The period between the proposed rollouts of semi-autonomous cars in 2018 and fully autonomous cars in 2025 will present drivers with a huge challenge to stay safe and remain within the law, says Autocar
“Automation could be the biggest breakthrough in road safety since the invention of the seatbelt and insurers fully support its development. However, we need to get there safely,” said James Dalton. Already, some manufacturers, such as Audi, BMQ, Mercedes, Tesla, and Volvo, are selling cars with “autopilot” features. More are expected to follow this motor trend as technology advances.
Dalton is a New Zealander working as the director of general insurance policy at the Association of British Insurers. He previously held posts at the Treasury Solicitors Department and the Ministry of Economic Development.
Dalton told Autocar
, that with the growth of features, such as automatic braking and lane assistance systems, drivers may be lulled into a false sense of security that they can relax while their car takes charge. He also opined, that in the short-term future, the term “driverless cars” itself is misleading and potentially dangerous. “Unless, a vehicle is fully automated and able to respond appropriately in an emergency, drivers still have to be ready to take back control at a moment’s notice,” Dalton said.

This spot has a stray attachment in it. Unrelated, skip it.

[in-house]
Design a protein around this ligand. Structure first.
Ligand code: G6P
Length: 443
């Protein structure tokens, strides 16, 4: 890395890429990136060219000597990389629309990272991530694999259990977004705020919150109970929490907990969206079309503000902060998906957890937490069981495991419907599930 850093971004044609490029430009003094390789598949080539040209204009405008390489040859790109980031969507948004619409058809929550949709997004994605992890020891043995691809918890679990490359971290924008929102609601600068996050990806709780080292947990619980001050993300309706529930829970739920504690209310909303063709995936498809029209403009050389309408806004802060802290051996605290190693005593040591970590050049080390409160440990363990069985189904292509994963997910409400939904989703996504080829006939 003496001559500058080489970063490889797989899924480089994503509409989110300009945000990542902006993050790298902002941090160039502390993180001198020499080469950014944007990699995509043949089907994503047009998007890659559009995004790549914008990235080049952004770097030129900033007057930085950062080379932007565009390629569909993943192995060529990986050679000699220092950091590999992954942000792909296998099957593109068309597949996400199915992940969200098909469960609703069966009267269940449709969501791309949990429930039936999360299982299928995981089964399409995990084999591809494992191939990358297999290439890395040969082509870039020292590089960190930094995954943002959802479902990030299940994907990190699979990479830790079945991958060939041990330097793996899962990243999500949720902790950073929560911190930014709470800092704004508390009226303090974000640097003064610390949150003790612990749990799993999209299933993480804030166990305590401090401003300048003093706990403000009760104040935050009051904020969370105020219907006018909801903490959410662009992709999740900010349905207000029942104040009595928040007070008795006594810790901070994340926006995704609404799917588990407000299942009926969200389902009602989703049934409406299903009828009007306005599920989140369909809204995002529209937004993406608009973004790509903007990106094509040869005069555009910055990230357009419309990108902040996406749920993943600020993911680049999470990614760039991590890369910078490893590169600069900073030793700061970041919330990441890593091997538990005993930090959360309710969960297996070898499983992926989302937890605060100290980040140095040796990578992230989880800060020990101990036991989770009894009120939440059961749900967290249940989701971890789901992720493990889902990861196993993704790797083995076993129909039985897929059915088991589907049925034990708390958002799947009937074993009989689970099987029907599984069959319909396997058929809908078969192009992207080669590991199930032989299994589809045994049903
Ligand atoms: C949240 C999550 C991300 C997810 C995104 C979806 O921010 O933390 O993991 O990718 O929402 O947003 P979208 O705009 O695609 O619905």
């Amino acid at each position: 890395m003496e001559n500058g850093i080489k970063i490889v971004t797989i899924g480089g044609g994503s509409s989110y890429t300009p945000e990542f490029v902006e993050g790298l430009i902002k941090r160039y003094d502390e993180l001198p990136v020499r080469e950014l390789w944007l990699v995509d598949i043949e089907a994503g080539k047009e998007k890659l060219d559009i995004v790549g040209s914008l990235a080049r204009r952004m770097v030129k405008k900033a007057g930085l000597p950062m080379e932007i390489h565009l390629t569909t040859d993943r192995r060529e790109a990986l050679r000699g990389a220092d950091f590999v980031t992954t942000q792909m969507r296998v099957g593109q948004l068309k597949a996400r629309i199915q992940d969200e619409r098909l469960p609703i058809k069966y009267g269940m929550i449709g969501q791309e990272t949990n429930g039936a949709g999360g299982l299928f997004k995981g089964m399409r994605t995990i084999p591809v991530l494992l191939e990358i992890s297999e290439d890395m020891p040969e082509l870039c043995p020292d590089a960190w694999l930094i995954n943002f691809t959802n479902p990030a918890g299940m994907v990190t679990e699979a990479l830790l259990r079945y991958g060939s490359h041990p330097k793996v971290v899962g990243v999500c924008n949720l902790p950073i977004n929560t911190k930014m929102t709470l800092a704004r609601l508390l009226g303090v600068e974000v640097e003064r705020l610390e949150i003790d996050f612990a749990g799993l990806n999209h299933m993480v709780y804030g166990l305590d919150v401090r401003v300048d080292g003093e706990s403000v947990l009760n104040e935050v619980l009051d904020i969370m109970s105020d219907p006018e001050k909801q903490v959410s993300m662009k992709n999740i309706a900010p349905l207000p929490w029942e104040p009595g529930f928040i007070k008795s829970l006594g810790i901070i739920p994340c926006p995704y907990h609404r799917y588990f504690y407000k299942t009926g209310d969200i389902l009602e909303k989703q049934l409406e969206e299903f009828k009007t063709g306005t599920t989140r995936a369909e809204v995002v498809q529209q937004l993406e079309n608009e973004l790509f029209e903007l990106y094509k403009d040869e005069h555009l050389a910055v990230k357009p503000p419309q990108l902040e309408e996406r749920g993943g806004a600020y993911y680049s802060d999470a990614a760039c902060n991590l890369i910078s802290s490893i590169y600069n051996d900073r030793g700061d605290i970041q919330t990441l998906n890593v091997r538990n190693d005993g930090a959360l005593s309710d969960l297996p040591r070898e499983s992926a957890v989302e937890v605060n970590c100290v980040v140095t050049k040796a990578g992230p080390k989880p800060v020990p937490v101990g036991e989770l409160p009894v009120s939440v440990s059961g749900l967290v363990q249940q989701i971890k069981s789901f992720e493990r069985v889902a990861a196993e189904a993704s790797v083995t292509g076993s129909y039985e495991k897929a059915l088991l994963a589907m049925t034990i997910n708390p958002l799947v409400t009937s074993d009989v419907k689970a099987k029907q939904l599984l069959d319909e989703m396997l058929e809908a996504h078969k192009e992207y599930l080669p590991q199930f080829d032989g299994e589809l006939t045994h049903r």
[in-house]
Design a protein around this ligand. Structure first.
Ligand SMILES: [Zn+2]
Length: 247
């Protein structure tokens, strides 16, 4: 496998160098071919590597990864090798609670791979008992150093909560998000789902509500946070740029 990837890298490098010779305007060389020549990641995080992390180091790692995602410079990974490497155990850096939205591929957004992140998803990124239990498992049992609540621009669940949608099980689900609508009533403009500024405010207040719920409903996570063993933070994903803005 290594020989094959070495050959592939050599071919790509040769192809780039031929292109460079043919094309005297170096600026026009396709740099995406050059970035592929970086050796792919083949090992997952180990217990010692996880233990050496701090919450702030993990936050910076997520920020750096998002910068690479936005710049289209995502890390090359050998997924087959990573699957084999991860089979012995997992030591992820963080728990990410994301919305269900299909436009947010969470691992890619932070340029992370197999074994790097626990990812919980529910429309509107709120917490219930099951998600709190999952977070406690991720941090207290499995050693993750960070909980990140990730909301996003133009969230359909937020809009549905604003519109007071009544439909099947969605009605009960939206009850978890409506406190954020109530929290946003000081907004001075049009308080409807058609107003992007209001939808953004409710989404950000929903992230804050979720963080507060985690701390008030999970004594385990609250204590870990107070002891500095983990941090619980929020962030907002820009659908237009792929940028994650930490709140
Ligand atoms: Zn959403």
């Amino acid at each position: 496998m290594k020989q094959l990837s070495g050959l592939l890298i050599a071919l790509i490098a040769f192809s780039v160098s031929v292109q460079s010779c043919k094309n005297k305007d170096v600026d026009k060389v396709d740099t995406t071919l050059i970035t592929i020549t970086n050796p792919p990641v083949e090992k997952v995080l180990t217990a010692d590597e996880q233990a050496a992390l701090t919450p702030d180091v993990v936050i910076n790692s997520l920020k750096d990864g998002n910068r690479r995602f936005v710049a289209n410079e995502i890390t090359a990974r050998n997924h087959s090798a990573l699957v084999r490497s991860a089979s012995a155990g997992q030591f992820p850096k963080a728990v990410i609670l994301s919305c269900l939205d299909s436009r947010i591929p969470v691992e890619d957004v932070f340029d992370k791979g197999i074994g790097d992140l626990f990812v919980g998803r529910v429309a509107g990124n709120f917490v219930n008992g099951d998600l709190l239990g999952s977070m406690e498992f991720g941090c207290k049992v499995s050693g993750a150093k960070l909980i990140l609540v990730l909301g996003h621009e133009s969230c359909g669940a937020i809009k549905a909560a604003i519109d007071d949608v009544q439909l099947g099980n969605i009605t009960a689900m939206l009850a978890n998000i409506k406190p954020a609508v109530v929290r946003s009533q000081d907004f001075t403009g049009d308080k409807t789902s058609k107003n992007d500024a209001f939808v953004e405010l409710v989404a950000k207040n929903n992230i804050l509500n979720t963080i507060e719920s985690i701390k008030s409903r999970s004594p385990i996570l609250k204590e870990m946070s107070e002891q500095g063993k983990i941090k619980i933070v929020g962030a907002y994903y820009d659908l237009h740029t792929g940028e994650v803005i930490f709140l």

The insurer representative expressed that while insurers support advances in automated vehicles in hopes that there are fewer people injured or killed in road accidents; he believes that vehicles should be operated by trained, competent, and sober drivers, at least until the very long-term.
By 2018, a number of cars are expected to operate on systems that allow drivers to drive without using their hands and feet for up to three minutes in motorways. By 2021, cars in fully autonomous mode are expected to be able to make entire motorway journeys without any input from the driver. And in 2025, cars are expected to do entire journeys with the driver’s only action is to set the destination.